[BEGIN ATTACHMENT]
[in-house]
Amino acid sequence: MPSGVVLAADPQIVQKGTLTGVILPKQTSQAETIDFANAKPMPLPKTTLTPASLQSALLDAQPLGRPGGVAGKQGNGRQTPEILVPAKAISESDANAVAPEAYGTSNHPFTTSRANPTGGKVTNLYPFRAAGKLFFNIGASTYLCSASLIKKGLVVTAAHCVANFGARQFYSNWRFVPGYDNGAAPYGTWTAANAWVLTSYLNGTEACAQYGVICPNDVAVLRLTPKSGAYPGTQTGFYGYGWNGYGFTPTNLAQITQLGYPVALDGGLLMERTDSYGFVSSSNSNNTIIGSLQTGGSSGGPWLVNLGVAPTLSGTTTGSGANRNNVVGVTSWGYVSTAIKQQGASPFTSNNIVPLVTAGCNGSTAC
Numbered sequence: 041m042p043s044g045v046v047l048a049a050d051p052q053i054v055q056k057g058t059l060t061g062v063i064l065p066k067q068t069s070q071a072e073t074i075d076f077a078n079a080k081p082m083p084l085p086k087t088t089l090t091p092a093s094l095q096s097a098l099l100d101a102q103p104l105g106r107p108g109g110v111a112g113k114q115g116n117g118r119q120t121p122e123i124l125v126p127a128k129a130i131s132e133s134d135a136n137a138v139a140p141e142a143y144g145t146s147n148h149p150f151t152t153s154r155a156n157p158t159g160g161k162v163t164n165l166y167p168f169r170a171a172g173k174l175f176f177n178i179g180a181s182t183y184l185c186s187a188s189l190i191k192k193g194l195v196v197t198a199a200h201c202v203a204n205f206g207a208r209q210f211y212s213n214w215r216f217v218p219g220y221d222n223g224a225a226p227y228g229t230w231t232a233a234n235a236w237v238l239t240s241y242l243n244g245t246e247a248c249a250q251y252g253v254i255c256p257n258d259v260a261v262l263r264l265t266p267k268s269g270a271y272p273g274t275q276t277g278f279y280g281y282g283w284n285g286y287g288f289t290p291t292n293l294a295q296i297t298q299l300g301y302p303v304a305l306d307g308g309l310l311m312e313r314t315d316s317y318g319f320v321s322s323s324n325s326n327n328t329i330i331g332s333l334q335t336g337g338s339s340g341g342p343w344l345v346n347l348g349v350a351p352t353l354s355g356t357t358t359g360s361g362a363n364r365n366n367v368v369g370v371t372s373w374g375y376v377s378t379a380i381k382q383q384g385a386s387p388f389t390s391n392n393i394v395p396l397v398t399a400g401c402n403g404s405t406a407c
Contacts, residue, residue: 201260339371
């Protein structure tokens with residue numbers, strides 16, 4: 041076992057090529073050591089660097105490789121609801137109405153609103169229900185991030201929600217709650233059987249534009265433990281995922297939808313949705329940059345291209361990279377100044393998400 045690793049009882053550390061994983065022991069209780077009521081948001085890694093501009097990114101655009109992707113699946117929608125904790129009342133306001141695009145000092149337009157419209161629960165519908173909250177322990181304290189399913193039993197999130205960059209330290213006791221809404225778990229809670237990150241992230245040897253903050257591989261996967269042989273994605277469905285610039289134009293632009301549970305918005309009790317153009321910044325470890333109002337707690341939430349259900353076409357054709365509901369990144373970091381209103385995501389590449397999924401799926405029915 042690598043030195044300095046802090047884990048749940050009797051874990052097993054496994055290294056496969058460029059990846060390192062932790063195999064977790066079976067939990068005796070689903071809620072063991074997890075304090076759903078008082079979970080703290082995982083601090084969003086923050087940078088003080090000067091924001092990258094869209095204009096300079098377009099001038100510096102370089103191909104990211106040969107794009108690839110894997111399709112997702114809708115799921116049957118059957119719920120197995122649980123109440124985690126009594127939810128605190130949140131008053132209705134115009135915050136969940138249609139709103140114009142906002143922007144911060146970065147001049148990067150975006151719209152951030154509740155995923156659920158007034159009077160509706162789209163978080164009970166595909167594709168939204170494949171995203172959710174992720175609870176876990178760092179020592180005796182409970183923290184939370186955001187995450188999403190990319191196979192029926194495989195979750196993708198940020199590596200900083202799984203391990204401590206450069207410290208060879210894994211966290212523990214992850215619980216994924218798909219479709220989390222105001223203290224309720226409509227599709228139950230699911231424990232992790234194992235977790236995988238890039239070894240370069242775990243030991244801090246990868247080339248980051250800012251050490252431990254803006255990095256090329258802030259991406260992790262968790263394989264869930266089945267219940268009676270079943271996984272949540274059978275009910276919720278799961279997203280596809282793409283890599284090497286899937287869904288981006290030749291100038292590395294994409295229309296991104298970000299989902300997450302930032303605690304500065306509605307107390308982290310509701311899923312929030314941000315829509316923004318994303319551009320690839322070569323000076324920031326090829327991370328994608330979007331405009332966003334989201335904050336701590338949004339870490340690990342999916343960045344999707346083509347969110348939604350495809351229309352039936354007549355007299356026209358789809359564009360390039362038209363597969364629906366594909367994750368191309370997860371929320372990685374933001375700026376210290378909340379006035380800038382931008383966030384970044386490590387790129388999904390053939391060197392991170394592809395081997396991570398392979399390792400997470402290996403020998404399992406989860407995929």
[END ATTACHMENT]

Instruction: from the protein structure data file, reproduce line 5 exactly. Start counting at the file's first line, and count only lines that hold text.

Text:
């Protein structure tokens with residue numbers, strides 16, 4: 041076992057090529073050591089660097105490789121609801137109405153609103169229900185991030201929600217709650233059987249534009265433990281995922297939808313949705329940059345291209361990279377100044393998400 045690793049009882053550390061994983065022991069209780077009521081948001085890694093501009097990114101655009109992707113699946117929608125904790129009342133306001141695009145000092149337009157419209161629960165519908173909250177322990181304290189399913193039993197999130205960059209330290213006791221809404225778990229809670237990150241992230245040897253903050257591989261996967269042989273994605277469905285610039289134009293632009301549970305918005309009790317153009321910044325470890333109002337707690341939430349259900353076409357054709365509901369990144373970091381209103385995501389590449397999924401799926405029915 042690598043030195044300095046802090047884990048749940050009797051874990052097993054496994055290294056496969058460029059990846060390192062932790063195999064977790066079976067939990068005796070689903071809620072063991074997890075304090076759903078008082079979970080703290082995982083601090084969003086923050087940078088003080090000067091924001092990258094869209095204009096300079098377009099001038100510096102370089103191909104990211106040969107794009108690839110894997111399709112997702114809708115799921116049957118059957119719920120197995122649980123109440124985690126009594127939810128605190130949140131008053132209705134115009135915050136969940138249609139709103140114009142906002143922007144911060146970065147001049148990067150975006151719209152951030154509740155995923156659920158007034159009077160509706162789209163978080164009970166595909167594709168939204170494949171995203172959710174992720175609870176876990178760092179020592180005796182409970183923290184939370186955001187995450188999403190990319191196979192029926194495989195979750196993708198940020199590596200900083202799984203391990204401590206450069207410290208060879210894994211966290212523990214992850215619980216994924218798909219479709220989390222105001223203290224309720226409509227599709228139950230699911231424990232992790234194992235977790236995988238890039239070894240370069242775990243030991244801090246990868247080339248980051250800012251050490252431990254803006255990095256090329258802030259991406260992790262968790263394989264869930266089945267219940268009676270079943271996984272949540274059978275009910276919720278799961279997203280596809282793409283890599284090497286899937287869904288981006290030749291100038292590395294994409295229309296991104298970000299989902300997450302930032303605690304500065306509605307107390308982290310509701311899923312929030314941000315829509316923004318994303319551009320690839322070569323000076324920031326090829327991370328994608330979007331405009332966003334989201335904050336701590338949004339870490340690990342999916343960045344999707346083509347969110348939604350495809351229309352039936354007549355007299356026209358789809359564009360390039362038209363597969364629906366594909367994750368191309370997860371929320372990685374933001375700026376210290378909340379006035380800038382931008383966030384970044386490590387790129388999904390053939391060197392991170394592809395081997396991570398392979399390792400997470402290996403020998404399992406989860407995929």